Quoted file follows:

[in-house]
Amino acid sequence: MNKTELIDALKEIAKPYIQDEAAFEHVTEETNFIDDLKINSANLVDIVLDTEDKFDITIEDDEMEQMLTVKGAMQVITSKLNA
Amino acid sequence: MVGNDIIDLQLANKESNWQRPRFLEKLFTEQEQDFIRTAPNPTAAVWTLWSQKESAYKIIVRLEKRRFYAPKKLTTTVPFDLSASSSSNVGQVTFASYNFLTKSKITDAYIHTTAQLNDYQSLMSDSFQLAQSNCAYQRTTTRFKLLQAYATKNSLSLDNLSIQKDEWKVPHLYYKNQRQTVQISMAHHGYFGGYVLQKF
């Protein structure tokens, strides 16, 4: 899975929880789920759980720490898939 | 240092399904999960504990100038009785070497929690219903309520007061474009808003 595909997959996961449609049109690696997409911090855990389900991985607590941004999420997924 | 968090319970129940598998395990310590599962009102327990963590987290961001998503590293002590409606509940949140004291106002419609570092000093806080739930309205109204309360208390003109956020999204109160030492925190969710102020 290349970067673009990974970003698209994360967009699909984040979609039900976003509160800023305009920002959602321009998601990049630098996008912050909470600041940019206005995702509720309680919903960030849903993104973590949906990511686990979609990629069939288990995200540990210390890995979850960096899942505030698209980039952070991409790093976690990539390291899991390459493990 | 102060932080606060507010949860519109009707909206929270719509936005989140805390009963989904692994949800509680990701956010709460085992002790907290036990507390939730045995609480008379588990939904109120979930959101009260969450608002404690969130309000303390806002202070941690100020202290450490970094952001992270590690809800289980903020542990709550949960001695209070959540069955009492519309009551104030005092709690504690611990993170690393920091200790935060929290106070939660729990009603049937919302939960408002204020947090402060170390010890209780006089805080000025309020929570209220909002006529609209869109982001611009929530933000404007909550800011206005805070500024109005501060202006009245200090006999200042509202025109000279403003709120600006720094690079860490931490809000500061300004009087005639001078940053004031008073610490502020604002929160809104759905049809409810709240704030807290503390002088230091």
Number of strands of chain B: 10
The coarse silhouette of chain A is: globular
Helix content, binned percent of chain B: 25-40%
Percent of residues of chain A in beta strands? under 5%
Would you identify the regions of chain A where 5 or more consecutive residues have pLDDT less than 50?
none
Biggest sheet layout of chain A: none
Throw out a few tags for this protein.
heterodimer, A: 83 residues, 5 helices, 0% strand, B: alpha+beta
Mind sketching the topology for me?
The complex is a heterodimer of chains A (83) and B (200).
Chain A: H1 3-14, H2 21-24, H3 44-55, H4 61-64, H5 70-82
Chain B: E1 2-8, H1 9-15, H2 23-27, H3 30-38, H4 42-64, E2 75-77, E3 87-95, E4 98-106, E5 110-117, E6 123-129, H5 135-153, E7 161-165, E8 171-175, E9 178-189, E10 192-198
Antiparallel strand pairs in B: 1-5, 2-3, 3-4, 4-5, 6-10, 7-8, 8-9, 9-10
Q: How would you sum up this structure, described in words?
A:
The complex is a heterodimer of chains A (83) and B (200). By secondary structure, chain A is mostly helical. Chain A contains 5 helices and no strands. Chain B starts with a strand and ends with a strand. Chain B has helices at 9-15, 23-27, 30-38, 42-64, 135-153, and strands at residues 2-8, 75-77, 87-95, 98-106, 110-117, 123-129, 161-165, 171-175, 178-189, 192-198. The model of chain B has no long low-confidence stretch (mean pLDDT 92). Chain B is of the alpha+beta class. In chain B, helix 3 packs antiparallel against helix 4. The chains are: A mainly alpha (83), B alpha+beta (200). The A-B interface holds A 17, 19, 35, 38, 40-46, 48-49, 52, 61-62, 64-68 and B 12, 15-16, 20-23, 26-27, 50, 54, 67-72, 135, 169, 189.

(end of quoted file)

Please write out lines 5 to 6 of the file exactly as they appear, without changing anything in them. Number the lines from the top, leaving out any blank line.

Number of strands of chain B: 10
The coarse silhouette of chain A is: globular